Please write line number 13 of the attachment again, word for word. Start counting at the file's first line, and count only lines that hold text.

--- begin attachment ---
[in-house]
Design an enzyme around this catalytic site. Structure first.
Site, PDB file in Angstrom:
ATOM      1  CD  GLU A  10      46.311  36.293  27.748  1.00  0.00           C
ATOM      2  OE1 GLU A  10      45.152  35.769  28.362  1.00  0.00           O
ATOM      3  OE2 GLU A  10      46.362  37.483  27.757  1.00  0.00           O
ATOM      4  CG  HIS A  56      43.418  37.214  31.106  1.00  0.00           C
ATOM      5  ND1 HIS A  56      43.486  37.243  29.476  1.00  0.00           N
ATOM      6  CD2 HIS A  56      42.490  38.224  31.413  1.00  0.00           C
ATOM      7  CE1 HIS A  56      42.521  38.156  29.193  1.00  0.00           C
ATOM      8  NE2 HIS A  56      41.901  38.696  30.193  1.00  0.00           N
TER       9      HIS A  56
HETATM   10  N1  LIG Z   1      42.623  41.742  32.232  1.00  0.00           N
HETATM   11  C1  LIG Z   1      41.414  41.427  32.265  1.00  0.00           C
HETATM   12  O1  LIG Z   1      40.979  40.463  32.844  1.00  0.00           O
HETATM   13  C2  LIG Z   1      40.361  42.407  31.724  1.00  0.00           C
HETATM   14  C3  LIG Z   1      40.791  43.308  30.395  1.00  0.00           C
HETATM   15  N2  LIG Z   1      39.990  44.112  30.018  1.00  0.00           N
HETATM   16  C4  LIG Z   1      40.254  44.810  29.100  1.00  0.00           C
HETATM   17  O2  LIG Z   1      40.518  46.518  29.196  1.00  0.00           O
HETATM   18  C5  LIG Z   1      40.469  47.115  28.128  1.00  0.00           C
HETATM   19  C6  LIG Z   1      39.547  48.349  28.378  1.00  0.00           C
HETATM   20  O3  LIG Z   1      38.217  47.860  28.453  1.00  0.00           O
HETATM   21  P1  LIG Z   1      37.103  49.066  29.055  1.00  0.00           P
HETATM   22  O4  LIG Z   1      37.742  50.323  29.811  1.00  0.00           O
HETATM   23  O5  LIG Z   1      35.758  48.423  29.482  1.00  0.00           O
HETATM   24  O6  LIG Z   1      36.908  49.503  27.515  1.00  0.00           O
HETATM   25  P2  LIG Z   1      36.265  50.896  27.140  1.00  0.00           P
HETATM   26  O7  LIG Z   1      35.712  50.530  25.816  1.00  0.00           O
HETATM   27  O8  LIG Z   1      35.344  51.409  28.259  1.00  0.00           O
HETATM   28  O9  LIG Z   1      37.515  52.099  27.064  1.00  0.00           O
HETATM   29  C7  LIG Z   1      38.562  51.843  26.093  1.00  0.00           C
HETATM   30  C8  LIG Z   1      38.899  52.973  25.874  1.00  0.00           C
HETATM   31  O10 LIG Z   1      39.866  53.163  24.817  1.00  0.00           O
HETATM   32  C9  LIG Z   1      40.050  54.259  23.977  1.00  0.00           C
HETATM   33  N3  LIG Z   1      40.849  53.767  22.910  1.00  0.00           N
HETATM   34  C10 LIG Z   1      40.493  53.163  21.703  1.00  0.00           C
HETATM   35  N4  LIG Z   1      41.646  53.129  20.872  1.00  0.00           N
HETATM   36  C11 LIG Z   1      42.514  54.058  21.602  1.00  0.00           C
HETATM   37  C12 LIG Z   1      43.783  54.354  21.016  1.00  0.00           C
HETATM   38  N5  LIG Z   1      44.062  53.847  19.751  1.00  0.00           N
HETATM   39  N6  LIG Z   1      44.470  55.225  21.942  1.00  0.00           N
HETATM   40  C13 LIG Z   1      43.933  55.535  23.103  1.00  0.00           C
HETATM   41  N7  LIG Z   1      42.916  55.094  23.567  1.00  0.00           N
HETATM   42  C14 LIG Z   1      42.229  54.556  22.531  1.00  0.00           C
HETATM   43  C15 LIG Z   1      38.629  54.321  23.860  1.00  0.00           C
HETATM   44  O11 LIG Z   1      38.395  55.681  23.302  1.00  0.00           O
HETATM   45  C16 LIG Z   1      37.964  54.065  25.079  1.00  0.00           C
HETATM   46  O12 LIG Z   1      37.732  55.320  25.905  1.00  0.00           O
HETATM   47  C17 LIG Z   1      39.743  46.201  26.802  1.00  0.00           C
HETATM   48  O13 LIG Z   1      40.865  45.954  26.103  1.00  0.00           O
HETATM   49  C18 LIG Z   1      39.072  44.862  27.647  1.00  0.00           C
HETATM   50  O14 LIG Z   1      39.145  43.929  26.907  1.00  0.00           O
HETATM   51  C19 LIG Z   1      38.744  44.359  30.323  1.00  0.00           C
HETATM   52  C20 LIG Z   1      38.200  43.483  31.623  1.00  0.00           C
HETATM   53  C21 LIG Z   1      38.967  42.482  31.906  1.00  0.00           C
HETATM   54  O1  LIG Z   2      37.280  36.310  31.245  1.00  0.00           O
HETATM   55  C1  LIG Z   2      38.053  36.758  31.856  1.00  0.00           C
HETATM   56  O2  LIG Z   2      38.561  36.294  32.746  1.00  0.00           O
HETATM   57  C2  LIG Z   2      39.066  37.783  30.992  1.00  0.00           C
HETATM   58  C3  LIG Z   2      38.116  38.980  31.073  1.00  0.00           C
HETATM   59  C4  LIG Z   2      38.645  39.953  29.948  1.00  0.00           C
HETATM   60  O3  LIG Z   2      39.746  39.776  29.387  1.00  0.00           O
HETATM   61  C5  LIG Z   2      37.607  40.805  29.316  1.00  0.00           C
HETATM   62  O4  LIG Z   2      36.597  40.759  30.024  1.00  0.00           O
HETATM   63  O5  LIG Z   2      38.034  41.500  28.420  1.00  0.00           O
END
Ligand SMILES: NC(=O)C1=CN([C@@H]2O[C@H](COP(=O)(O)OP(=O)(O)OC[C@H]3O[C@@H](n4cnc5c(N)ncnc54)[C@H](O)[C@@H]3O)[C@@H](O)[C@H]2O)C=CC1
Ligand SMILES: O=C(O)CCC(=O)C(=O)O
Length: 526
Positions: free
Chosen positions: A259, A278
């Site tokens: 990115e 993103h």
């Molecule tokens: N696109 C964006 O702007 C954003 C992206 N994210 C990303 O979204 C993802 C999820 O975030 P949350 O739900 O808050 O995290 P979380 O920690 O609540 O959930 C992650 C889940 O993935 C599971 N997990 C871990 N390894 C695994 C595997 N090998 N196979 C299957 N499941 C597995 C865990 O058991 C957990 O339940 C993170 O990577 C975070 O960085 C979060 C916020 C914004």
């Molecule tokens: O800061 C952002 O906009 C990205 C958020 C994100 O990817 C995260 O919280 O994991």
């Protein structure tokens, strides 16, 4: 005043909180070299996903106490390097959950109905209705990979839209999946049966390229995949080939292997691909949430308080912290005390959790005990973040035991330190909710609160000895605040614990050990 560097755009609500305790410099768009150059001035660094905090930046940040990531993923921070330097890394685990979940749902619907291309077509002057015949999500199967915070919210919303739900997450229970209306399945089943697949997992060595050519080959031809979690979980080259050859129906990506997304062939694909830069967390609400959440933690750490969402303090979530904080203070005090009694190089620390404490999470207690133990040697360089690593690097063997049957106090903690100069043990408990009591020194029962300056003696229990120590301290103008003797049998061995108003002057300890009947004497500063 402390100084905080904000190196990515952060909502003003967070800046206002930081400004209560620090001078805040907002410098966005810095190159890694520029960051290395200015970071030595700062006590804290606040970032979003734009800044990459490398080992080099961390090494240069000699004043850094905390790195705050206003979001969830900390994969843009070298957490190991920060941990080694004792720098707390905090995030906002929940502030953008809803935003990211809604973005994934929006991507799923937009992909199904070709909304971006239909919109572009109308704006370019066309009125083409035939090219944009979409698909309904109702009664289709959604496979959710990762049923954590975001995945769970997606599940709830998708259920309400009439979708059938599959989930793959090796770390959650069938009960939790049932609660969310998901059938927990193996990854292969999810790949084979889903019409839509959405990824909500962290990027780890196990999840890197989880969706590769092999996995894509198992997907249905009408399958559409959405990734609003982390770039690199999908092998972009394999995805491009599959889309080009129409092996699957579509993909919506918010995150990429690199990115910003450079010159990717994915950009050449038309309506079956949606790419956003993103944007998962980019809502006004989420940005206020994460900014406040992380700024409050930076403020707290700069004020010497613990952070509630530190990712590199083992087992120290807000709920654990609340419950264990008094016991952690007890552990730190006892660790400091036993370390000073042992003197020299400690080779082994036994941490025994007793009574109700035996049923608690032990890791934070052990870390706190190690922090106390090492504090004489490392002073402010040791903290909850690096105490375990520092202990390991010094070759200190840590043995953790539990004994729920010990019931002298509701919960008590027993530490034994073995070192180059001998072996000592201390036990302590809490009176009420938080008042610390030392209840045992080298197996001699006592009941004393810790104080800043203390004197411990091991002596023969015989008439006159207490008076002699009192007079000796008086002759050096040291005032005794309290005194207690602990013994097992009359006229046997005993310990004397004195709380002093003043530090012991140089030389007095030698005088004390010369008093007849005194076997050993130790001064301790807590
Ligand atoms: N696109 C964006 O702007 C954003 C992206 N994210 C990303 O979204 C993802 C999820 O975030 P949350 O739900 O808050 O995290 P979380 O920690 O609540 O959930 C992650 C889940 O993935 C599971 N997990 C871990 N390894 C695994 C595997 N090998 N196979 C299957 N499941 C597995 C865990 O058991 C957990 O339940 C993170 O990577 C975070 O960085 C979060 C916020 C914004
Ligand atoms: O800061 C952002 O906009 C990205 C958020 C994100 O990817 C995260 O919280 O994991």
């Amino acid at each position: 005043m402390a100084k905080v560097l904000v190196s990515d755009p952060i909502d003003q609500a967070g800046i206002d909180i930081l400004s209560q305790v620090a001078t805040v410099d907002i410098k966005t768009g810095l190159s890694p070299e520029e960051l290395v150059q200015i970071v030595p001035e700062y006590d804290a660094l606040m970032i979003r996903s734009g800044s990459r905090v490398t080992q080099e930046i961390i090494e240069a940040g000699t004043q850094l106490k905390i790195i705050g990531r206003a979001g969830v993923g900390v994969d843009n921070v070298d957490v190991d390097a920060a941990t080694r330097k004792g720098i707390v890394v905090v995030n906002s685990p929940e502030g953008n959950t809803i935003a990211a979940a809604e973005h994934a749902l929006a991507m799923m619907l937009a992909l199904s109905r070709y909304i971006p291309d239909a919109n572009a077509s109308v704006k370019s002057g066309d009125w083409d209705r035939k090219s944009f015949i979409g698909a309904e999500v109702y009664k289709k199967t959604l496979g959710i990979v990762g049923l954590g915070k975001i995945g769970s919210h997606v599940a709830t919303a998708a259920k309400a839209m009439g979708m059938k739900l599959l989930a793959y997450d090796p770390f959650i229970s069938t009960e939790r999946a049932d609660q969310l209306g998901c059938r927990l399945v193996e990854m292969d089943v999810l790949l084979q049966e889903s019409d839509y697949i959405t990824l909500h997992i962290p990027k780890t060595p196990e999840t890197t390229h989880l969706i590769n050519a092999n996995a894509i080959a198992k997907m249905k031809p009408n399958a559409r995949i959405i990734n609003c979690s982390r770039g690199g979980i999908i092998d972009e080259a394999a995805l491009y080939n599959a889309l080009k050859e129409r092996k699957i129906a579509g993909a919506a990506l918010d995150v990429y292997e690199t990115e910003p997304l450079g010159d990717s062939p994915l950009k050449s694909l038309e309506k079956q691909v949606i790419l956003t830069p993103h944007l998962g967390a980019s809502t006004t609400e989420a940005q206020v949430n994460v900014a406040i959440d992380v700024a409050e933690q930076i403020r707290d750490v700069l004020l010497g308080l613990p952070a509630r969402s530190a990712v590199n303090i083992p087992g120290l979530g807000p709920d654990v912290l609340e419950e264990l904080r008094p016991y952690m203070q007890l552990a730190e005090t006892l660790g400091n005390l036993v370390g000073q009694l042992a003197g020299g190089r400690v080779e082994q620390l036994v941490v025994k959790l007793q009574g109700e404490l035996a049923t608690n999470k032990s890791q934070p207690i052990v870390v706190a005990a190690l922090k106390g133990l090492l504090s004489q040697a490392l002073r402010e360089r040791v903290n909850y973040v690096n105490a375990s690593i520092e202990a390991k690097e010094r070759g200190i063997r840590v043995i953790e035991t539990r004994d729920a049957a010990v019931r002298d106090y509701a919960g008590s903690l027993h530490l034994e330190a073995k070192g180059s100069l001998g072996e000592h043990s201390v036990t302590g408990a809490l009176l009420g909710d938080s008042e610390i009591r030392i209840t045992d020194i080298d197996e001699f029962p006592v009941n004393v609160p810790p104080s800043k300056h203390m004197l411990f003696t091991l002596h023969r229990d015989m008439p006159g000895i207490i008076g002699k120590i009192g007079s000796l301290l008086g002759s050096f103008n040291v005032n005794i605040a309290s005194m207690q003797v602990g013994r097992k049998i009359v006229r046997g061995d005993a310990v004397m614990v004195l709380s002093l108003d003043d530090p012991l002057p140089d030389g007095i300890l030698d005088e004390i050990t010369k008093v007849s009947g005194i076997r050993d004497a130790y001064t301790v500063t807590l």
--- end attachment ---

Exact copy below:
HETATM   10  N1  LIG Z   1      42.623  41.742  32.232  1.00  0.00           N